SUGGESTED REMEDY: Astragalus chicken broth.
Garlic is definitely one of my go-to herbs for everything really, but especially during cold and flu season.
Garlic has a chemical called allicin that gives it its antibacterial properties, and it has been used throughout the ages to overcome infections or discourage infections from starting in the first place. It also has antiviral and antifungal properties, and it’s a great herb to have on hand for use during cold and flu season.
I use a lot of garlic in the foods I cook at home, but we also use garlic remedies. Two of my favorite garlic remedies are GOOT (you can find the recipe in my – Making Herbal Ointments, Salves, and Balms: The Ultimate How-To Guide) and garlic syrup. We use GOOT externally and garlic syrup internally when my kids get nasty chest colds. You see, I don’t want all that crud in their lungs to lead to bronchitis or pneumonia so I like to do what I can to keep that from happening. Garlic helps me do that.
SUGGESTED REMEDY: Garlic syrup.
I recommend purchasing and using fresh garlic cloves, but dried garlic could work in a pinch.
Usnea is my new herb love, and I plan on getting to know this wild-looking thing really well this year.
Usnea is a tree lichen that, you guessed it… grows on trees! It’s a combination of algae and fungus that has been used historically for respiratory infections such as pneumonia and tuberculosis.
I recently used usnea to help my kids through the seemingly neverending cough they had, and I’m happy to report they all got through it without developing any sort of infection even though many other little ones their age were coming down with them.
SUGGESTED REMEDY: Usnea tincture.
Yarrow is another great herb for cold and flu season.
Like echinacea, it’s often used at the first sign of illness to stimulate the immune system. Unfortunately, it’s stimulating action isn’t thought to be as strong as echinacea is.
I like to use it along with elderflower in my fever tea blend because yarrow is a diaphoretic herb (like elderflower) and helps the pores open up so heat can escape the body. This helps to gently lower a fever so my kids don’t feel miserable without taking the fever away entirely as the body needs it to fight off the bacteria or virus it’s fighting.
SUGGESTED REMEDY: Fever tea blend. (Get the recipe here.)
8. Olive Leaf
It never fails that anytime I happen to come down with a cold that seems to get stuck in my head I feel like I’m getting a sinus infection. My head gets all stopped up. I can’t breathe. I get a headache. There’s a ton of pressure around my eyes. It’s miserable.
That’s where olive leaf comes into play. Yes, olive leaf. The leaves from the tree that produce the salty, sour olives we eat on pizza and salads.
Olive leaf is one of the herbs in the sinus rinse blend that I use in my neti pot. Olive leaf contains a chemical called oleuropein that has been shown to kill bacteria and fungi which can really help if you think you’re getting an infection. They’re also very astringent so they help to tighten the tissues of the nasal cavities up which helps to decrease inflammation and slow mucus production.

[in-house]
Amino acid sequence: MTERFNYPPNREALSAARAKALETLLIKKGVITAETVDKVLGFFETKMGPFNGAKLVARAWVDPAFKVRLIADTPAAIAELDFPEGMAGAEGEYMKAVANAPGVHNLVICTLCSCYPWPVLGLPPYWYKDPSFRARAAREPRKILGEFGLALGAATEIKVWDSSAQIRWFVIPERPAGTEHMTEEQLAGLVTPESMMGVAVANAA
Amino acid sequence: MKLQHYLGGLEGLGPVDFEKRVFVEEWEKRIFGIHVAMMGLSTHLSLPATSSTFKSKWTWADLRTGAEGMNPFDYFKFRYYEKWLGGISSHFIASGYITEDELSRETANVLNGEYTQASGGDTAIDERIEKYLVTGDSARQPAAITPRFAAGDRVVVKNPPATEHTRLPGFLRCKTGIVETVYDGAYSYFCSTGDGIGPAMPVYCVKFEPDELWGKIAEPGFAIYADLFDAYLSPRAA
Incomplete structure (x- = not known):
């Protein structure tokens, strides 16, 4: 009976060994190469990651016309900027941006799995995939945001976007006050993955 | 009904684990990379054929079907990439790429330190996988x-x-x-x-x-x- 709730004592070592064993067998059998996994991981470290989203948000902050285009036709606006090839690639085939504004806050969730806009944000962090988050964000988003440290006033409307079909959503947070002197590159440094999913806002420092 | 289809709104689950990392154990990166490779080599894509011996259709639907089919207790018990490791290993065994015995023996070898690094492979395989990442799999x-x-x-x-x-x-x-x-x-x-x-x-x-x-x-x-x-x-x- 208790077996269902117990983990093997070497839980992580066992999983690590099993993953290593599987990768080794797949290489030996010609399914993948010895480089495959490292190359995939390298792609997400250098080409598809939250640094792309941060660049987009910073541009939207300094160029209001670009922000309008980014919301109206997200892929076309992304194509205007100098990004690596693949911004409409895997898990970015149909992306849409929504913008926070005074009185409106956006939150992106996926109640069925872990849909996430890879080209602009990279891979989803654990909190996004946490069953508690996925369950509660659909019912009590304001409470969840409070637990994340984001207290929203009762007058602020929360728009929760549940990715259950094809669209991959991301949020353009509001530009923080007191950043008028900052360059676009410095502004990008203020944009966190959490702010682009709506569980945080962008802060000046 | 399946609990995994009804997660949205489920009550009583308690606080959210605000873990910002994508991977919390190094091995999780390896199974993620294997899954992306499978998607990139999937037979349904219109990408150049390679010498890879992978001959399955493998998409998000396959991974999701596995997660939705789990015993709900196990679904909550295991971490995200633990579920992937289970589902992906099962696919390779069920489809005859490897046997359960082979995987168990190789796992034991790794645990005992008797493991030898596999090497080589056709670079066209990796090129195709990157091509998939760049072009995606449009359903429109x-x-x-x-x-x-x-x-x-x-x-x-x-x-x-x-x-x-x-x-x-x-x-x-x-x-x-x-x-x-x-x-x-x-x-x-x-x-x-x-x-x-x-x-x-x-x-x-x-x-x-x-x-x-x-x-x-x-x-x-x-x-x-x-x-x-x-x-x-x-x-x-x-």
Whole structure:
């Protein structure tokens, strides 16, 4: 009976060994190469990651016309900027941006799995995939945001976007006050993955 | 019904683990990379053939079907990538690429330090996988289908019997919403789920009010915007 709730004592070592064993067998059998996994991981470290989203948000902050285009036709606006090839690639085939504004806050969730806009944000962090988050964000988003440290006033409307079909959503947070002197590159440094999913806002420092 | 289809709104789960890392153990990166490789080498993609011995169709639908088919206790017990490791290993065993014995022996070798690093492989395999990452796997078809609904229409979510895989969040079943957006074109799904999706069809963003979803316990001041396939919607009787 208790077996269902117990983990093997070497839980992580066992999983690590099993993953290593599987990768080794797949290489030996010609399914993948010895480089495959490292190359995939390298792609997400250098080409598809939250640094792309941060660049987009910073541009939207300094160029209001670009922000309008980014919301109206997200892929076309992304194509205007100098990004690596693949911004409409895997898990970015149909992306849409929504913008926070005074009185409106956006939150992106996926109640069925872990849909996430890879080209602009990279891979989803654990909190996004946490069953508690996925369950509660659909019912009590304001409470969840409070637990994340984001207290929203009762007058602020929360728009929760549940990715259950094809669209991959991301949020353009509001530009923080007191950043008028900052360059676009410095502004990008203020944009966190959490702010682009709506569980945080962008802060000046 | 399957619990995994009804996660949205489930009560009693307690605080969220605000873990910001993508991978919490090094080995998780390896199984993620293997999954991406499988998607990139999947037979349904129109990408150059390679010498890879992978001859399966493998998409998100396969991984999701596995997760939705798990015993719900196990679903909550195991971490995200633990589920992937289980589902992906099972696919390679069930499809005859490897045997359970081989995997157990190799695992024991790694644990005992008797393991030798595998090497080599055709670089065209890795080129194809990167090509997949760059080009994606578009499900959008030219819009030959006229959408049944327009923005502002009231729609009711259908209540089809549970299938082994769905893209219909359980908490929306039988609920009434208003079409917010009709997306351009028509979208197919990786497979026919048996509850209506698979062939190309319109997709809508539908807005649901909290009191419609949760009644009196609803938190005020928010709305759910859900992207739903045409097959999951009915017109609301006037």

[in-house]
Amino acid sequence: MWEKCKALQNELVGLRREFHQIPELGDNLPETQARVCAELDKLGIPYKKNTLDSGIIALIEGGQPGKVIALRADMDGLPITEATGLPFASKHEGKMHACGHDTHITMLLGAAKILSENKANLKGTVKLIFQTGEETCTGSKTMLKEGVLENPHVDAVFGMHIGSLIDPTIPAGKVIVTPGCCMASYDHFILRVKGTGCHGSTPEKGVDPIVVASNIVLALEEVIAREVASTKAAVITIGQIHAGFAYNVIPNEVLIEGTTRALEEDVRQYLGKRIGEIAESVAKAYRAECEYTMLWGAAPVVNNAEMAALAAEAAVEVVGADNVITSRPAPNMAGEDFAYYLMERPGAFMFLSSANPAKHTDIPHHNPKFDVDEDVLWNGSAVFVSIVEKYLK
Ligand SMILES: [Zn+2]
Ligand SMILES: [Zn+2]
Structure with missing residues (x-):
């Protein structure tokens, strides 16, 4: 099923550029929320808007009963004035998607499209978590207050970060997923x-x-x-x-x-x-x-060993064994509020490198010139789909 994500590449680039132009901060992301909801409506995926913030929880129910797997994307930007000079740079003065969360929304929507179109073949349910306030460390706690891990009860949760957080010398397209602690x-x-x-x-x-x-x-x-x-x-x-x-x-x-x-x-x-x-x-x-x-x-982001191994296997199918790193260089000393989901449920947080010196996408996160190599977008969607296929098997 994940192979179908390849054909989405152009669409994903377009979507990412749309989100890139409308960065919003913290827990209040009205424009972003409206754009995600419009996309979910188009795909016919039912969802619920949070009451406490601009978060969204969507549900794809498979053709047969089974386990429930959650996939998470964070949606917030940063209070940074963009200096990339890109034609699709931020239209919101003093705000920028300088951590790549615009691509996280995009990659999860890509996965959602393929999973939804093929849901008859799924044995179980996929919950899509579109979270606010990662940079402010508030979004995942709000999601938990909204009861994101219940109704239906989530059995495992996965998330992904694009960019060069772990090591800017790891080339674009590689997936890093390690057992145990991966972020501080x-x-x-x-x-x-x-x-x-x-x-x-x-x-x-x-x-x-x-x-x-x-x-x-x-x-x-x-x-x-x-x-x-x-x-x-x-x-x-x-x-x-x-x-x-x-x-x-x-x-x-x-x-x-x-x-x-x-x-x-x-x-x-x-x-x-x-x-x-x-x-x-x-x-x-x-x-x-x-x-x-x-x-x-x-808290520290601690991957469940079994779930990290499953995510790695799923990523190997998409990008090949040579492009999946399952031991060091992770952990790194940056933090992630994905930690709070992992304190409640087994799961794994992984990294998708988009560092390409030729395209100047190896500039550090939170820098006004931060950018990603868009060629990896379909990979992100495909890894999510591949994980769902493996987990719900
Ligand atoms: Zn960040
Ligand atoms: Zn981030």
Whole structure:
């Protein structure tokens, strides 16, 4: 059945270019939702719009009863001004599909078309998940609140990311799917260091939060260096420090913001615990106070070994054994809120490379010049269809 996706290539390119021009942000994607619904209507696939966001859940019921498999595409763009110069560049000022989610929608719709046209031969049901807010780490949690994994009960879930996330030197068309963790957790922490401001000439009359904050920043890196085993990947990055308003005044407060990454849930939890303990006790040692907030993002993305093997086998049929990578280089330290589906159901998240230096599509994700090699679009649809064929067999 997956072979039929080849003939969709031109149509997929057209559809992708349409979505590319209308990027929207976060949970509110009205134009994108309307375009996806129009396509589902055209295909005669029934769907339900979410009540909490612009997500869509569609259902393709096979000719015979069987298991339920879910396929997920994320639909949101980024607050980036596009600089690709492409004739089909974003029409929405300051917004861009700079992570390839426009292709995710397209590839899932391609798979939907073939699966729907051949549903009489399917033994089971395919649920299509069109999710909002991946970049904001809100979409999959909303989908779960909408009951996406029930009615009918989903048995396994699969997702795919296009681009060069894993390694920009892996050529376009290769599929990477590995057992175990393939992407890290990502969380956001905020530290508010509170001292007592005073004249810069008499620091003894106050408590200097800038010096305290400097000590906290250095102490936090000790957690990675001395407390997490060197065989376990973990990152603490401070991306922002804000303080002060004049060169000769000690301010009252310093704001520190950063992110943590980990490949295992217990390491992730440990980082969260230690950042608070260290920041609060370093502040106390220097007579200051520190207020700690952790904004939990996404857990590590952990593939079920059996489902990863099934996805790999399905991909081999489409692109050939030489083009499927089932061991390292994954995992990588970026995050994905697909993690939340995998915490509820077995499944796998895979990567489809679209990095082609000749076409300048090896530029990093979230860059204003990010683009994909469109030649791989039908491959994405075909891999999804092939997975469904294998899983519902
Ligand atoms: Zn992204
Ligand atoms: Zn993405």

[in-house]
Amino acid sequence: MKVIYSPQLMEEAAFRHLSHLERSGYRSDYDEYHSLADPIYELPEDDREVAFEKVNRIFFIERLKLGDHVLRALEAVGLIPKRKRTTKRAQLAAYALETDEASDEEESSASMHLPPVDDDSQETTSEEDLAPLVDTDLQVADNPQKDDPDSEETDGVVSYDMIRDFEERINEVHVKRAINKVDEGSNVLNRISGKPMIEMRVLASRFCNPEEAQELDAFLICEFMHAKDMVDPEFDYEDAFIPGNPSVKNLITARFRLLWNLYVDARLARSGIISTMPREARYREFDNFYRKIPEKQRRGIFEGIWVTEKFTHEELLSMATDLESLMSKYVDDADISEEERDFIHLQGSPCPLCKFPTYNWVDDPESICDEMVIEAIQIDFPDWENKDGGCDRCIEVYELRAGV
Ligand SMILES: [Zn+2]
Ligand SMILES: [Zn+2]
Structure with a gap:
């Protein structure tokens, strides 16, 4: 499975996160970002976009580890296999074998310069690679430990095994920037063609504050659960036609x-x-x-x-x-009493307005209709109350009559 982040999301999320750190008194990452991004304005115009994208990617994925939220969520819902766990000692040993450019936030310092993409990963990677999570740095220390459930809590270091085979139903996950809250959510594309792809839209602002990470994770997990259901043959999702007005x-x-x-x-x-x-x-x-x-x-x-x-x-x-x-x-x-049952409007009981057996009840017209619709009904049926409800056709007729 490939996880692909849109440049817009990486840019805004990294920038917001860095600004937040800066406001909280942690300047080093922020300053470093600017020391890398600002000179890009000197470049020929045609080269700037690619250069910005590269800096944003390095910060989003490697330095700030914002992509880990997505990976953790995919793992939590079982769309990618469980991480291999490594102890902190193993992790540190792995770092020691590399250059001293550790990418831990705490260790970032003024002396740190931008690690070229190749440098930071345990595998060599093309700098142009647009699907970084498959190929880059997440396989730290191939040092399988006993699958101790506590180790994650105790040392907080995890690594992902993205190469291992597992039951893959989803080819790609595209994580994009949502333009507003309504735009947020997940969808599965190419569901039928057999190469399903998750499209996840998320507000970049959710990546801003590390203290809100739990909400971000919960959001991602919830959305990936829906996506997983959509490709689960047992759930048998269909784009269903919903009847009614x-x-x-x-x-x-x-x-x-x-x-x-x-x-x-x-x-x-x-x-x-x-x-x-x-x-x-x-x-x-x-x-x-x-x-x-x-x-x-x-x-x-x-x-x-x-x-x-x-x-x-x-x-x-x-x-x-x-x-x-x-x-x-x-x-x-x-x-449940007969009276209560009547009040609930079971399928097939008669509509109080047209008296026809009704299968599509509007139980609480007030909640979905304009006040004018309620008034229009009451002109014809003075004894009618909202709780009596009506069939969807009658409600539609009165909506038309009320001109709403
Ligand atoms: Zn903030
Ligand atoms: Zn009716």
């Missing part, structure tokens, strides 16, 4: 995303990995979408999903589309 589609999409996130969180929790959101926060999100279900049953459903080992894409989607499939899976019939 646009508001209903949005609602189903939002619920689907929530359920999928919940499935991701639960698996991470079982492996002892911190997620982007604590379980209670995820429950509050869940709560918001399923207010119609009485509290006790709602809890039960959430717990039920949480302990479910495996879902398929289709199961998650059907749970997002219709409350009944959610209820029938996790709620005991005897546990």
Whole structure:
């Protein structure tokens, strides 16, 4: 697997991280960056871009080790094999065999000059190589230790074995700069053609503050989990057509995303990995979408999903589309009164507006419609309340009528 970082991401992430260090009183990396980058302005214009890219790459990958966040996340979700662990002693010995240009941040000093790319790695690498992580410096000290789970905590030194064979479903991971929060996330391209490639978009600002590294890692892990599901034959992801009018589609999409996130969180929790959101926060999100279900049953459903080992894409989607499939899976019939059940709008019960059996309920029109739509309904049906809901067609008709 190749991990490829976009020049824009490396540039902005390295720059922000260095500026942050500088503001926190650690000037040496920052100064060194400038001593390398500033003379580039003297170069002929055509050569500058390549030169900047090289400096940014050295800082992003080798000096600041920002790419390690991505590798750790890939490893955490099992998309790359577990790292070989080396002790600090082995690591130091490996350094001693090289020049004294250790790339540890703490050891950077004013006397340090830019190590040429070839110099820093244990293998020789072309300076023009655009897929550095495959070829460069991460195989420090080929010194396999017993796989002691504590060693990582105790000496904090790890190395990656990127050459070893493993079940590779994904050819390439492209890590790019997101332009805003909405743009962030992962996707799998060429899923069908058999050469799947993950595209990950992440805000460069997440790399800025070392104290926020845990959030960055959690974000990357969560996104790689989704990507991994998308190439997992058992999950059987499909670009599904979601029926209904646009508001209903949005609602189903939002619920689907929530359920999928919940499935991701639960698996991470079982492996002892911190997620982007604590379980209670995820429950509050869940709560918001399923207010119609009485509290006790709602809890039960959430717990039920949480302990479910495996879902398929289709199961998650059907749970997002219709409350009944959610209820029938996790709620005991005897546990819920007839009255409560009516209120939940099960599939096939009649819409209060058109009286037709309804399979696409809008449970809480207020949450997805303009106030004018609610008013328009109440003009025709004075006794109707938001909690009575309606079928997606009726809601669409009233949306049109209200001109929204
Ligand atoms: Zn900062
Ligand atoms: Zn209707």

SUGGESTED REMEDY: Herbal sinus rinse.
9. Marshmallow Root
When too much coughing or sinus drainage causes a sore throat, marshmallow root is my go-to herb. When diarrhea comes to our house (which isn’t often, thank goodness), I reach for marshmallow root.
Marshmallow root is demulcent which means when it’s combined with water it produces a soft, slippery goo that helps to moisturize dry, hot tissues. It can be used in a lot of different ways, but when it comes to using it for cold and flu season, my favorite way to use it is by sipping on a honey-sweetened marshmallow root infusion, especially if I’ve been coughing a lot. It works well to cool and moisten my throat, but it’s an easy remedy to take as it has a mild, sweet flavor.
SUGGESTED REMEDY: Honey sweetened marshmallow root infusion.
10. Wild Cherry Bark
What comes to mind when you think of wild cherry bark?
Probably the flavoring in many over-the-counter cough syrups, right?
Well, the reason is that most cough syrups used to be made from wild cherry bark because it acts as a sedative and can help suppress the urge to cough among other things. Now, the cherry found in OTC cough syrups isn’t real cherry bark. It’s a sugary cherry flavoring that has no health benefit whatsoever.
Whenever I, or one of my kids, come down with a cough, wild cherry bark always ends up in the formula I mix up for us. I use it because it works to suppress the urge to cough, to loosen stuck mucus so you can cough it up (which suppresses the urge to cough in and of itself), to decrease mucous production, decreases inflammation, and open the lower airways. It’s good stuff folks!
To keep it simple, I often make a wild cherry bark syrup for the kids. Wild cherry bark has a strong, bitter flavor to it so making it into a syrup really helps “the medicine go down,” especially in the case of this herbal medicine.
SUGGESTED REMEDY: Simple wild cherry bark syrup.